“Persistent…calculated…cold-blooded” – Lucy Letby murdered a baby on her fourth attempt... and then sent the child’s parents a sympathy card.
The prosecution in the Lucy Letby trial continued its opening at Manchester Crown Court this morning, starting with the details around Child H.
Over the last couple of days, the jury have been given information regarding Child A through to Child G – including the methods the prosecution alleges Letby used in her attacks between June of 2015 and June of 2016.
The former nurse is accused of the murder of seven babies, and the attempted murders of a further 10 babies whilst she worked on the neo-natal ward at the Countess of Chester Hospital.
Lucy Letby denies all the allegations against her.
Today, prosecutor Nick Johnson KC began by telling the court that Lucy Letby attempted to murder Child H twice, on back-to-back occasions in September of 2015. He also said that in this instance, as with several of the other, when the child was removed from Letby’s influence, it “was often followed by their sudden and remarkable recovery.”
The jury then heard about Child I – whom the prosecution described as an “extreme example even by the standards of this overall case.”
It has been alleged that Lucy Letby attempted to murder Child I on four separate occasions – with success on her fourth attempt. Prosecutor Nick Johnson KC said: “It was persistent, it was calculated, and it was cold-blooded.”
After the loss of her daughter, the court heard, Child I’s mother was granted the opportunity to bathe her recently deceased baby. The prosecutor said that, in the words of the mother, Letby then came into the room and “was smiling and kept going on about how she was present at (Child I’s) first bath and how much (Child I) had loved it’.”
The court also heard that Letby had sent the parents of Child I a sympathy card.
The prosecution then proceeded to give the details around Child J, whom Lucy Letby allegedly attempted to murder on the 27th of November in 2015.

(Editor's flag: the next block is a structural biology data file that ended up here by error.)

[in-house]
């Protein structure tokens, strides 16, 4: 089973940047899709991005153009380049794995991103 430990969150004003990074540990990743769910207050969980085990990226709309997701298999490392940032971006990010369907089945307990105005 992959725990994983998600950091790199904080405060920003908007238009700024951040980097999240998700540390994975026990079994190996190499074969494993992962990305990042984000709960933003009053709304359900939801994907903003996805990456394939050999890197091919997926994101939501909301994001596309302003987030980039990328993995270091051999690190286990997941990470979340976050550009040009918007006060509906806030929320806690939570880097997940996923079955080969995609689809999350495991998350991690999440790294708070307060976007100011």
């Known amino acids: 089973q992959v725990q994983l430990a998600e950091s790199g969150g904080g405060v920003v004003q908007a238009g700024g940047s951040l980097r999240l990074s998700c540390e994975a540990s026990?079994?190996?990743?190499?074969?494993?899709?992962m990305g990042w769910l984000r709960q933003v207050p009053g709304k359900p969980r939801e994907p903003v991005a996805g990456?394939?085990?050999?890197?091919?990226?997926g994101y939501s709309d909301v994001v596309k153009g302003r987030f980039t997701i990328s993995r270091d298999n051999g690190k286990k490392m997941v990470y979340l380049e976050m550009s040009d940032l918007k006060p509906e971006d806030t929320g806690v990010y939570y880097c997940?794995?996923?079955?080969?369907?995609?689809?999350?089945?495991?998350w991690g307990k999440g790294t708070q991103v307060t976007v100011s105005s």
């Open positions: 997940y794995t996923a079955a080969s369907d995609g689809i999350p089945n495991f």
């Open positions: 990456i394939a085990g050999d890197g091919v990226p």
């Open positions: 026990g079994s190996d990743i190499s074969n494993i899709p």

The jury then heard about Letby’s attempted murder of Child K. The prosecution suggested that a doctor who was suspicious of Letby walked in as she was trying to kill the child.
Prosecutor Nick Johnson KC said: “As he walked into room one, he saw Letby standing over child K’s incubator. She did not have her hands inside the incubator, but (he) could see from the monitor on the wall that child K’s oxygen saturation level was falling dangerously low.
“But the alarm was not sounding as it should have been and Lucy Letby had not called for help, despite child K’s oxygen levels falling.”
Child K survived this incident but died two days later. However, Lucy Letby is not accused of her murder.
In the cases of Child L and Child M – twins that Lucy Letby allegedly attempted to murder on the 9th of April in 2016 – the prosecution reminded the jury of similarities between these babies, and another set of twins – Child E and Child F.
Yesterday, the court heard that Letby had murdered Child E by injecting air into the bloodstream and had attempted to murder Child F via insulin poisoning.
Today, they heard that almost exactly the same was true for Child L and Child M, although in this instance, both twins survived.
The prosecution then gave details about Child N, whom they allege Lucy Letby attempted to murder on three separate occasions – once on the 3rd of June 2016, and a further twice on the 15th of that same month.
At one point, Child N collapsed with his oxygen reaching a life-threatening level. However, once he was transferred to a specialist children’s hospital in Liverpool, he made a fast recovery.
The prosecution closed the day by telling the jury about Child O and Child P – two baby boys out of a set of triplets. Lucy Letby has been charged with both of their murders on the 23rd and 24th of July 2016, respectively.
Court has now concluded for the day, with the prosecution expected to complete its opening tomorrow, with the details of Child Q. The counsel for the defence – Ben Myers KC - will then make an opening speech, expected to last around 90 minutes.